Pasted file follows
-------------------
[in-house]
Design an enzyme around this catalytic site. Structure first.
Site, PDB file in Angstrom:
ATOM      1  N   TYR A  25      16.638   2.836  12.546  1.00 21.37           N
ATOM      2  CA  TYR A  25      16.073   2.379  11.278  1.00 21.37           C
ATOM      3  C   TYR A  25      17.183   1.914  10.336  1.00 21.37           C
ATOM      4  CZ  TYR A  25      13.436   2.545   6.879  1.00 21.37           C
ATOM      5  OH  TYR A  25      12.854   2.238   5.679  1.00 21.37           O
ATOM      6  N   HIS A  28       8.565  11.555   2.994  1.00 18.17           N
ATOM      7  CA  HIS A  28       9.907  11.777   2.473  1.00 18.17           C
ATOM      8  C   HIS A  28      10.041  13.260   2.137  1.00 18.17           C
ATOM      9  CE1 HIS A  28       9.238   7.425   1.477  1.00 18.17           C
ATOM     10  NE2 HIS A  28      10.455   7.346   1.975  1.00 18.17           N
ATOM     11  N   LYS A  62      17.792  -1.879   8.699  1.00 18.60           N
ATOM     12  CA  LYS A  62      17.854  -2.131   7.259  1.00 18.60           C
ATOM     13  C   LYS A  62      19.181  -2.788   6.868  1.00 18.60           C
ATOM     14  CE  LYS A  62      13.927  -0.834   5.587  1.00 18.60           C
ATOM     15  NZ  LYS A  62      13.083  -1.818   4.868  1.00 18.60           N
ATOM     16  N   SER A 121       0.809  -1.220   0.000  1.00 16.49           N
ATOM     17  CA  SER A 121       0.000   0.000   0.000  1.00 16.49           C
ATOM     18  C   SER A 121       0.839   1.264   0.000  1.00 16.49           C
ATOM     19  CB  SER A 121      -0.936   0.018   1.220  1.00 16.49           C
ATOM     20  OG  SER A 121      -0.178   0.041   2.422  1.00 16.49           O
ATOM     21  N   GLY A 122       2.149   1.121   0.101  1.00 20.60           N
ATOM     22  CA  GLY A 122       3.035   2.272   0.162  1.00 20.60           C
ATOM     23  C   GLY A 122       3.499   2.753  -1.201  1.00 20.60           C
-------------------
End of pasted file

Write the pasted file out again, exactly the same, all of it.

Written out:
[in-house]
Design an enzyme around this catalytic site. Structure first.
Site, PDB file in Angstrom:
ATOM      1  N   TYR A  25      16.638   2.836  12.546  1.00 21.37           N
ATOM      2  CA  TYR A  25      16.073   2.379  11.278  1.00 21.37           C
ATOM      3  C   TYR A  25      17.183   1.914  10.336  1.00 21.37           C
ATOM      4  CZ  TYR A  25      13.436   2.545   6.879  1.00 21.37           C
ATOM      5  OH  TYR A  25      12.854   2.238   5.679  1.00 21.37           O
ATOM      6  N   HIS A  28       8.565  11.555   2.994  1.00 18.17           N
ATOM      7  CA  HIS A  28       9.907  11.777   2.473  1.00 18.17           C
ATOM      8  C   HIS A  28      10.041  13.260   2.137  1.00 18.17           C
ATOM      9  CE1 HIS A  28       9.238   7.425   1.477  1.00 18.17           C
ATOM     10  NE2 HIS A  28      10.455   7.346   1.975  1.00 18.17           N
ATOM     11  N   LYS A  62      17.792  -1.879   8.699  1.00 18.60           N
ATOM     12  CA  LYS A  62      17.854  -2.131   7.259  1.00 18.60           C
ATOM     13  C   LYS A  62      19.181  -2.788   6.868  1.00 18.60           C
ATOM     14  CE  LYS A  62      13.927  -0.834   5.587  1.00 18.60           C
ATOM     15  NZ  LYS A  62      13.083  -1.818   4.868  1.00 18.60           N
ATOM     16  N   SER A 121       0.809  -1.220   0.000  1.00 16.49           N
ATOM     17  CA  SER A 121       0.000   0.000   0.000  1.00 16.49           C
ATOM     18  C   SER A 121       0.839   1.264   0.000  1.00 16.49           C
ATOM     19  CB  SER A 121      -0.936   0.018   1.220  1.00 16.49           C
ATOM     20  OG  SER A 121      -0.178   0.041   2.422  1.00 16.49           O
ATOM     21  N   GLY A 122       2.149   1.121   0.101  1.00 20.60           N
ATOM     22  CA  GLY A 122       3.035   2.272   0.162  1.00 20.60           C
ATOM     23  C   GLY A 122       3.499   2.753  -1.201  1.00 20.60           C